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As expected, recent utility bills reflect hot, dry weather PDF Print E-mail

By Jan Schultz
The Imperial Republican

Most city of Imperial utility customers knew it was coming.
Unless you were out of town with your air conditioner turned way down and let the grass dry out during the city’s last billing cycle (June 20-July 20), you knew the July bill was going to go up considerably.
And it did.
The city collected $85,177 more from utility customers in 2012 than during the same billing cycle in 2011, said City Clerk/Administrator Jo Leyland.
A look at the kilowatt-hour (kwh) and water usage from both years tells the story.
In 2011 for the June-July cycle, electrical usage was 2,460,480 kwhs and customers paid $240,275.14.
This year, usage jumped to 3,233,789 kwhs, and customers will pay a total of $300,095.05.
That’s already more than last summer’s hottest month—August 2011, when 2,944,514 kwhs were used.
Water use that same period in 2011 was 22,843,000 gallons for which customers were charged $33,232. The 2012 usage from June 20-July 20 more than doubled to 48,059,000 gallons and customers were billed $58,590.
Even with this summer’s continued heat and lack of rain, electrical usage still didn’t hit the all-time high peak in Imperial, according to Supt. Pat Davison.
That came on a frigid Feb. 1, 2011, when Imperial registered an electrical usage of just over 8,000 kwh for one hour that day which saw a high of only three degrees and a low of -12.
But, it’s the summer kwh peak that concerns Davison more than what happens in the winter months.
That’s because the highest peak the city hits from June 15 to the end of September is what’s used to determine Imperial’s rates in the coming year.
“The summer peak is what we care about,” Davison said.
One of the ways to control the usage is the city’s load management program.
The 17 center pivot irrigations systems that use city electricity are on the program automatically, Davison said.
During that June 15 to Sept. 30 period if the weather warrants it, center pivot systems will be shut off during the day if the load reaches a certain level, Davison said. When the load drops enough that evening, the pivots are turned back on.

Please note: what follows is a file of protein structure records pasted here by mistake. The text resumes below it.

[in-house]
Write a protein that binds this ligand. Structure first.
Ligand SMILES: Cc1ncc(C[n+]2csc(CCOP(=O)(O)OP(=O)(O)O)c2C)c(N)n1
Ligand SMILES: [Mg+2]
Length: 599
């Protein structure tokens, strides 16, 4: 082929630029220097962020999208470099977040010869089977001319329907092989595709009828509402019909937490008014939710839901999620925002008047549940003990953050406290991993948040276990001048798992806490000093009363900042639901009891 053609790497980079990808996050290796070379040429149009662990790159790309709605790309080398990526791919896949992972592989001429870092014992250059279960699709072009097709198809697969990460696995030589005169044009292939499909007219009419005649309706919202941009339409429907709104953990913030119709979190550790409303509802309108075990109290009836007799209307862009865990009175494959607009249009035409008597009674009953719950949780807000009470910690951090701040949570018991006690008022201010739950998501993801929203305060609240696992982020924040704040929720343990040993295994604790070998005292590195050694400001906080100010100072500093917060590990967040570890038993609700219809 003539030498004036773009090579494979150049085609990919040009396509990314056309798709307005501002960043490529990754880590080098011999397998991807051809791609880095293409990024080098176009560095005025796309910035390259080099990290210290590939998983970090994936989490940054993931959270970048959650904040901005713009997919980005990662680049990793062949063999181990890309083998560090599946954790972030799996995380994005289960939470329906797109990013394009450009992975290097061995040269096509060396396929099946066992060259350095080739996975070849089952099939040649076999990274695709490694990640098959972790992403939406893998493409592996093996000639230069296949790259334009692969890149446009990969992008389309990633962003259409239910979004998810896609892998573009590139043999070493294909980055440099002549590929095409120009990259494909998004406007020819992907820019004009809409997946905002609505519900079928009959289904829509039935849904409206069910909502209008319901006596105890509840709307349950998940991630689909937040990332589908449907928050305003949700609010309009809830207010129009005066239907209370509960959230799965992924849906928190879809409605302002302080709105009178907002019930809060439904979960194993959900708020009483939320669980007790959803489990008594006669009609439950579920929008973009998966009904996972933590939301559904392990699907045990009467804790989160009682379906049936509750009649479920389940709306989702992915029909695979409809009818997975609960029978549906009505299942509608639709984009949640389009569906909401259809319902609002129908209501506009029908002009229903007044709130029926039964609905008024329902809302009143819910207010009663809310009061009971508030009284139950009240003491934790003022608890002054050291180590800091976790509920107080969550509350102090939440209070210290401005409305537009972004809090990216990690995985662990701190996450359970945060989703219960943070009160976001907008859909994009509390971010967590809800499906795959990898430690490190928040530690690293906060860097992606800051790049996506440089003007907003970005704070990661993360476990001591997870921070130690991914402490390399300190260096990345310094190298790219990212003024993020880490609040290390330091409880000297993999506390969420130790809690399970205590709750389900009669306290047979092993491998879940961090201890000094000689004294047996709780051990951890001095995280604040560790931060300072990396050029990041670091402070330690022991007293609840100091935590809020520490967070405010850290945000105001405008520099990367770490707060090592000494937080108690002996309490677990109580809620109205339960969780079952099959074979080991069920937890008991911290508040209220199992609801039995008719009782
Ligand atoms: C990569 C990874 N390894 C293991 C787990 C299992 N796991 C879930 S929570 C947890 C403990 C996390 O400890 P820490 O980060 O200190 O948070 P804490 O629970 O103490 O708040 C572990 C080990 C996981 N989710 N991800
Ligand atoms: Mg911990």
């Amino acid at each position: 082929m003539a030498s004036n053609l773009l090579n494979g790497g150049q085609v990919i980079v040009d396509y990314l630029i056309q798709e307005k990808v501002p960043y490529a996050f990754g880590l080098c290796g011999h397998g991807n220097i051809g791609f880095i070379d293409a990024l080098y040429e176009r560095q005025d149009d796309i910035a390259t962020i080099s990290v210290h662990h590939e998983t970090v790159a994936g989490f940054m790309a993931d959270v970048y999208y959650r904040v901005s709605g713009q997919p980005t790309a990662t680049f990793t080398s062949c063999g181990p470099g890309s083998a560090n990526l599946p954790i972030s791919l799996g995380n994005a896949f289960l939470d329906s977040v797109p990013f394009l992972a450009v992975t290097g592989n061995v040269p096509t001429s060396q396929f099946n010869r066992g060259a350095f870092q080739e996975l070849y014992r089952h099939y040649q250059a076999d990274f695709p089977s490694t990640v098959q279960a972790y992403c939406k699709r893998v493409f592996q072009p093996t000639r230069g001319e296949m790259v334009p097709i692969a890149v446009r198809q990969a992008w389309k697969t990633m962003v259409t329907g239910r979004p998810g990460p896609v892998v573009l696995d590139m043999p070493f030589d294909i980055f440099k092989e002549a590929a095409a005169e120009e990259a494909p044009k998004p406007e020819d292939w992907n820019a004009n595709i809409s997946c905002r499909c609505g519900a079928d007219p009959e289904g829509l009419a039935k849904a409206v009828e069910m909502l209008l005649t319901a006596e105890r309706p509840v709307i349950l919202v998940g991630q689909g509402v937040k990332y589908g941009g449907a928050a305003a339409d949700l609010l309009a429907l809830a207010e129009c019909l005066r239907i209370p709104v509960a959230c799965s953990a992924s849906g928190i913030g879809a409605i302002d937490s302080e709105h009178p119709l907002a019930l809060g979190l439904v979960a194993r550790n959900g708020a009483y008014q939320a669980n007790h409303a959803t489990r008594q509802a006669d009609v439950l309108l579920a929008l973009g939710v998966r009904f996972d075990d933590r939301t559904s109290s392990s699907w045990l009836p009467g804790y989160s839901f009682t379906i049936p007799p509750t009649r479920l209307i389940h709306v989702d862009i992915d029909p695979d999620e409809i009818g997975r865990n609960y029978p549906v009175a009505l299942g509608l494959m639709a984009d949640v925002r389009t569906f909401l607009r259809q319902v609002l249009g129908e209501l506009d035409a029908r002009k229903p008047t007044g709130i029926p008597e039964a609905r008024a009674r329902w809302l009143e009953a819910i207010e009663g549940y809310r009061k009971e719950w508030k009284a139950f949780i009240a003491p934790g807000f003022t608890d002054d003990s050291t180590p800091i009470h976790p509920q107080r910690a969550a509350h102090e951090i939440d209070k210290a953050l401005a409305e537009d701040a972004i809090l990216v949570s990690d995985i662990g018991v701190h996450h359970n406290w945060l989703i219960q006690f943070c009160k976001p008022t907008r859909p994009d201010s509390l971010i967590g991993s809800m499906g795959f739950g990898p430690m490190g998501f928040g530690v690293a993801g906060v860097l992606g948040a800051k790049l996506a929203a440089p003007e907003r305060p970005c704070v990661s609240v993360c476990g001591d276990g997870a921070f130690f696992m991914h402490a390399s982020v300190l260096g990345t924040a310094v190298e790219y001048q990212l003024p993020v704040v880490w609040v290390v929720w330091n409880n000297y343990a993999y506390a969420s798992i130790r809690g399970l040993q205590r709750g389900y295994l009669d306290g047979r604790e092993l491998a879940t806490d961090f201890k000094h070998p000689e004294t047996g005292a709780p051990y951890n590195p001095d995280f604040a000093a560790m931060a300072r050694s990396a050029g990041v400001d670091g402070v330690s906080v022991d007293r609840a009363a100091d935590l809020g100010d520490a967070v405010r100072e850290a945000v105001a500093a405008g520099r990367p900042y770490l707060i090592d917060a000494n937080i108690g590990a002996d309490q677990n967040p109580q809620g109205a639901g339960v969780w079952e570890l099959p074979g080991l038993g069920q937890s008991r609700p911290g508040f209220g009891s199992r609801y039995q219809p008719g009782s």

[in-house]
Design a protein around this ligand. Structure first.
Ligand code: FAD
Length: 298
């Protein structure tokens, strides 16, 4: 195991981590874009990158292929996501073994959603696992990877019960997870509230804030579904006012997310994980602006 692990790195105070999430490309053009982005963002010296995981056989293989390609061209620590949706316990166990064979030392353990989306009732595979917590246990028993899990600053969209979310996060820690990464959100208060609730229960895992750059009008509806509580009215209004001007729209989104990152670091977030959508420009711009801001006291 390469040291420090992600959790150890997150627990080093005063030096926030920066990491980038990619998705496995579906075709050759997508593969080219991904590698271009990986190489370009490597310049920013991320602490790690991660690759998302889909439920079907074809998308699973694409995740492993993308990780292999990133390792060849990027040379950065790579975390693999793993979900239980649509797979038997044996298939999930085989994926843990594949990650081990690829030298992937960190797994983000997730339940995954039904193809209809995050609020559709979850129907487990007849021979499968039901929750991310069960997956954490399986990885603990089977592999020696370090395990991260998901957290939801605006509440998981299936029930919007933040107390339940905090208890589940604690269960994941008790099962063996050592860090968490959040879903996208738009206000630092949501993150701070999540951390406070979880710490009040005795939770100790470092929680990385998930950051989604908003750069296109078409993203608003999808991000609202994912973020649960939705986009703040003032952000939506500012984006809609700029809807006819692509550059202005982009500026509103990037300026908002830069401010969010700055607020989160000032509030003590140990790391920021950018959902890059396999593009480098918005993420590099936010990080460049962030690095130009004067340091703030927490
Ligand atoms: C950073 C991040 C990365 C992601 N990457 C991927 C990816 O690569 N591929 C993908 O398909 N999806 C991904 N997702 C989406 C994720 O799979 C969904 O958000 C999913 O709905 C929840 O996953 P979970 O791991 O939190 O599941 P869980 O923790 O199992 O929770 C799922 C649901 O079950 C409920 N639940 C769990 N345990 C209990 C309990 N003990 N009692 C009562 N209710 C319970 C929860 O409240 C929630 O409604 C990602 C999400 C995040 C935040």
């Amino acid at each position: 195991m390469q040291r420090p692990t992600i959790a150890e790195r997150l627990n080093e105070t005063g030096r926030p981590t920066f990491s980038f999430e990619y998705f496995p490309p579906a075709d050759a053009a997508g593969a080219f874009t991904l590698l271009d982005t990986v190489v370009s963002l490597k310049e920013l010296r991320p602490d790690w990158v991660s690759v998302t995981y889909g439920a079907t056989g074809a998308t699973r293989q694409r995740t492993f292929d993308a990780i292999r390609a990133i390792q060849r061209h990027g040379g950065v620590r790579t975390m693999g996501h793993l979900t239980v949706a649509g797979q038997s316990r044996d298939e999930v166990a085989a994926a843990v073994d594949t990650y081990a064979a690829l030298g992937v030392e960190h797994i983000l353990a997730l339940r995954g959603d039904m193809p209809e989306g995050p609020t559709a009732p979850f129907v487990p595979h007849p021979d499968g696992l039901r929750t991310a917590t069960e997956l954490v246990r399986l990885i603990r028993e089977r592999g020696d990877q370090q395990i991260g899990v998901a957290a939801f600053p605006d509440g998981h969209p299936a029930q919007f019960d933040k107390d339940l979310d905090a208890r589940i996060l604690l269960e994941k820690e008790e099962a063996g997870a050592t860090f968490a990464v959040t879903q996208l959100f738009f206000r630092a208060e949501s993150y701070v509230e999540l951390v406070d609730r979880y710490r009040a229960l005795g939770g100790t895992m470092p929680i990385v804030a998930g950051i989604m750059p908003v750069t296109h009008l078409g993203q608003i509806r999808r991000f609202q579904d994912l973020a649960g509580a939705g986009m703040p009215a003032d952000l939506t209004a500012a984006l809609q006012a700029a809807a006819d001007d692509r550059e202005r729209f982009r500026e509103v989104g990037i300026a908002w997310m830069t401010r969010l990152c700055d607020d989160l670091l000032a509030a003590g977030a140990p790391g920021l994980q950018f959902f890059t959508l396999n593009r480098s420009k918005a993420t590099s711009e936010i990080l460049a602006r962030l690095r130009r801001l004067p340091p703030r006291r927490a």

The load management program is all computer operated, he said.
Homeowners and businesses also participate in a voluntary control of air conditioners, Davison added.
Davison said with the continued high temperatures here, the city has been controlling residential and business air conditioners “quite a bit this summer.”
Again, when the load hits a certain peak during the day, air conditioners on the voluntary program are shut off seven and a half minutes every half hour.
These controls all are done to manage the city’s peak usage between the critical June 15 and Sept. 30 dates, Davison said.
“By controlling that load, we keep the peak down and it saves thousands of dollars” in power costs to the city and customers, he said.
So far, the highest usage for electricity on the Imperial system was recorded July 24 when the peak one-hour period was at 7,700 kwh.
Concerning water, Davison said Imperial is nowhere close to exceeding its NRD allocation.
Like irrigators, cities are also given an allocation, but it is a gallon total versus acre inches.
Imperial’s annual allocation is 423,254,750 gallons, which is determined using the city’s population and all acres within the city limits, Davison said.    Not too many irate calls
There have been some, but City Clerk/Administrator Leyland said the city office has had few calls from upset people after the bills went out last week.
“I think everyone realized the bills were going to be high because it’s been so hot for so long,” she said.
Each month, city office staff runs a “high-low report” that identifies customers with a noticeable change in utility usage.
For those highlighted, public works employees go back and reread the meter, Leyland said, to make sure it wasn’t a clerical error.
“We had tons of those this month,” Leyland said.
Employees did not go back and reread meters because most all customers’ usage was up.
“I don’t remember anything like that in the past,” Leyland said.
“We’ve had a double-whammy this year,” she said. “No rain and hot temperatures,” with no relief on usage, either.
Home and business owners interested in the voluntary control program can contact the city office, 882-4368.

 

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